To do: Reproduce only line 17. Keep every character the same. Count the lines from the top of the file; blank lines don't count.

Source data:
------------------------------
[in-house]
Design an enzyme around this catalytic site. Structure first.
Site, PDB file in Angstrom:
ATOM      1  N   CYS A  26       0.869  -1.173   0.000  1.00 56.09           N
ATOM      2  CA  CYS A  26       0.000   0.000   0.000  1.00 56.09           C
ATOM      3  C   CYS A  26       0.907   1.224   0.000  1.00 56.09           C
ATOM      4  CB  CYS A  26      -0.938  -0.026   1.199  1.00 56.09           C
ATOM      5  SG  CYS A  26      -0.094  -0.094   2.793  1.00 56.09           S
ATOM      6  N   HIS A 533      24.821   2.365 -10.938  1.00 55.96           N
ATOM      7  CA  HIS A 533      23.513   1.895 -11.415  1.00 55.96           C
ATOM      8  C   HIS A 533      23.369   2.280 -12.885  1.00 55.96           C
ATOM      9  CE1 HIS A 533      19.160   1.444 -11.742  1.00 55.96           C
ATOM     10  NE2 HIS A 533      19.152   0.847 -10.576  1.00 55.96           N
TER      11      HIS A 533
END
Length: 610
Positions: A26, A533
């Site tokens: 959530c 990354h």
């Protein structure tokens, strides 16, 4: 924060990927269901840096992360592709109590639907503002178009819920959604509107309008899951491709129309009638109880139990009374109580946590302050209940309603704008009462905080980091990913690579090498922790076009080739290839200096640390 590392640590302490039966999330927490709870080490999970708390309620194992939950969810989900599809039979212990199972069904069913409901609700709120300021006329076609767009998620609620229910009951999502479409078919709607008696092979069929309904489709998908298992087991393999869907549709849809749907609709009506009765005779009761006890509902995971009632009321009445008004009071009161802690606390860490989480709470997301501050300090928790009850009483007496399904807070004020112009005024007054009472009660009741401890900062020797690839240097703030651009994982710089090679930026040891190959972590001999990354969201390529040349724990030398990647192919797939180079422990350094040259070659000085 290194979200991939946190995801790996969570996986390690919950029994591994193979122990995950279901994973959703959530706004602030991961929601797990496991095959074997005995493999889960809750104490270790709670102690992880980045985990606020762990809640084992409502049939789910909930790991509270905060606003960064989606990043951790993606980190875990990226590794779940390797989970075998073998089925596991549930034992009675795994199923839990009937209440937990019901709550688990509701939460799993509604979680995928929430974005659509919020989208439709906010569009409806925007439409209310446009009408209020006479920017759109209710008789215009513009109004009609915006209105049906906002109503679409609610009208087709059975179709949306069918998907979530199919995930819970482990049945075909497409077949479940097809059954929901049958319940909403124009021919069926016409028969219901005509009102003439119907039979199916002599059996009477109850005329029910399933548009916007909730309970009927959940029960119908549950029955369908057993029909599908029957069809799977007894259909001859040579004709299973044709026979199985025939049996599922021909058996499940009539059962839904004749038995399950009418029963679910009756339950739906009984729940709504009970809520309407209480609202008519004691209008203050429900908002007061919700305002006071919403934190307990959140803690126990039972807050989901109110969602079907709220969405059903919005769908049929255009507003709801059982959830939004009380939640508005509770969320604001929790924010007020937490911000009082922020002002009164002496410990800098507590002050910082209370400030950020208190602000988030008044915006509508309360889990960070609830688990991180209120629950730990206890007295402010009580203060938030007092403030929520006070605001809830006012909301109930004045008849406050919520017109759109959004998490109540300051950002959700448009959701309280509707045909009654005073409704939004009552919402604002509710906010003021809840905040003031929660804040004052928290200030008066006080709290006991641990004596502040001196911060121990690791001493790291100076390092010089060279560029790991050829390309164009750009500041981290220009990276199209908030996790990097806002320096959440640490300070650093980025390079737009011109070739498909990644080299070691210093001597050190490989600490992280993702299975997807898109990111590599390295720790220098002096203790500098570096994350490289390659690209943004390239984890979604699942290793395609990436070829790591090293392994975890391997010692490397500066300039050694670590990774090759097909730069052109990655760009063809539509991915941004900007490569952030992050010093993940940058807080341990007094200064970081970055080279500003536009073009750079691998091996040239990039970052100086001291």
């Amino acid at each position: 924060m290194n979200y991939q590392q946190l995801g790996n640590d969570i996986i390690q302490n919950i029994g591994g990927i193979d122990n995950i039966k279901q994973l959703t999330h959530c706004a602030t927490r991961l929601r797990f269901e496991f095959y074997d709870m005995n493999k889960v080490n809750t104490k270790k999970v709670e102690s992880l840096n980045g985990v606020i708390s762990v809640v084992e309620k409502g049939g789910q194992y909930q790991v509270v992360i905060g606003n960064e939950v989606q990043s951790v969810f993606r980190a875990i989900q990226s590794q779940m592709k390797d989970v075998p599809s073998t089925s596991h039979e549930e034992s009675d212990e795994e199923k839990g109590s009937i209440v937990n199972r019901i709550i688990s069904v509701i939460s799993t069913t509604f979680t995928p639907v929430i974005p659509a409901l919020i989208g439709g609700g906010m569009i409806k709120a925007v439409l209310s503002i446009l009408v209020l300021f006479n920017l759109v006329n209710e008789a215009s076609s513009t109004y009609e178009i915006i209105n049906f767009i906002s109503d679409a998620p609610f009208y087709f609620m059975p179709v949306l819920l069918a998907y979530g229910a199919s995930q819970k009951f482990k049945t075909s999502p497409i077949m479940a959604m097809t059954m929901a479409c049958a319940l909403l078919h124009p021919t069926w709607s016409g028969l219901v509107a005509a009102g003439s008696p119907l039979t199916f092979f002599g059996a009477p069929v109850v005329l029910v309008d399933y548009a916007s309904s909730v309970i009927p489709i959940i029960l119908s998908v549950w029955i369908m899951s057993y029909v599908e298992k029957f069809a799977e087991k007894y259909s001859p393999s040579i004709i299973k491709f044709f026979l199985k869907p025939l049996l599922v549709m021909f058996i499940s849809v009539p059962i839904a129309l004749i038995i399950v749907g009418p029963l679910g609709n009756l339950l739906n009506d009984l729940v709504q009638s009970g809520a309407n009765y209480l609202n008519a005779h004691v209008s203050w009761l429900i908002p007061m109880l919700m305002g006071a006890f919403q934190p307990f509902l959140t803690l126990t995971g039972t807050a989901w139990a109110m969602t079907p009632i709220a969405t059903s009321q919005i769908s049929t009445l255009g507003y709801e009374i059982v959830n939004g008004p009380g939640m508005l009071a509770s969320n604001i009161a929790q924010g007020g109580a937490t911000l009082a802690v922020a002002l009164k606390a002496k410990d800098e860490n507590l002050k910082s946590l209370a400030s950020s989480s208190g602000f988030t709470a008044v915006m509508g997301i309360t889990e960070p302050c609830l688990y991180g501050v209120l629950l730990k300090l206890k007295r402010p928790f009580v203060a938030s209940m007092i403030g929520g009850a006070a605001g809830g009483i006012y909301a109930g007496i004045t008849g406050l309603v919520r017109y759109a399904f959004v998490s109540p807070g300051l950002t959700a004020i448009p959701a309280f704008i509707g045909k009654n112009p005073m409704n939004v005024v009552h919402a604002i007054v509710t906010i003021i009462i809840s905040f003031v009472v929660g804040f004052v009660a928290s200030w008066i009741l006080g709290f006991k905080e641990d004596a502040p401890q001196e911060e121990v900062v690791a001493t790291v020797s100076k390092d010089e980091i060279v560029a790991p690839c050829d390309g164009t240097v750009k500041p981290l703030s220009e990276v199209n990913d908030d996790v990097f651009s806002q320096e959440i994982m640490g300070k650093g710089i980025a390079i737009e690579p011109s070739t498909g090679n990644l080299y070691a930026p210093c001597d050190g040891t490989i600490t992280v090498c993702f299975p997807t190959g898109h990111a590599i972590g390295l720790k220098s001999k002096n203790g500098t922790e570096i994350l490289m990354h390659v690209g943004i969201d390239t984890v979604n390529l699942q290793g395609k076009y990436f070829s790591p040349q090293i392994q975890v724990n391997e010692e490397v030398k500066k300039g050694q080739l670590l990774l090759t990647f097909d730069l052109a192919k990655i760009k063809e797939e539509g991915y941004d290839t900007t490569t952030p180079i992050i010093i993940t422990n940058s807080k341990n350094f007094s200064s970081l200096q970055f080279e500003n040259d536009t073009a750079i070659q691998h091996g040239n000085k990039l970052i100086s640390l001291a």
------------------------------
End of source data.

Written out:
Positions: A26, A533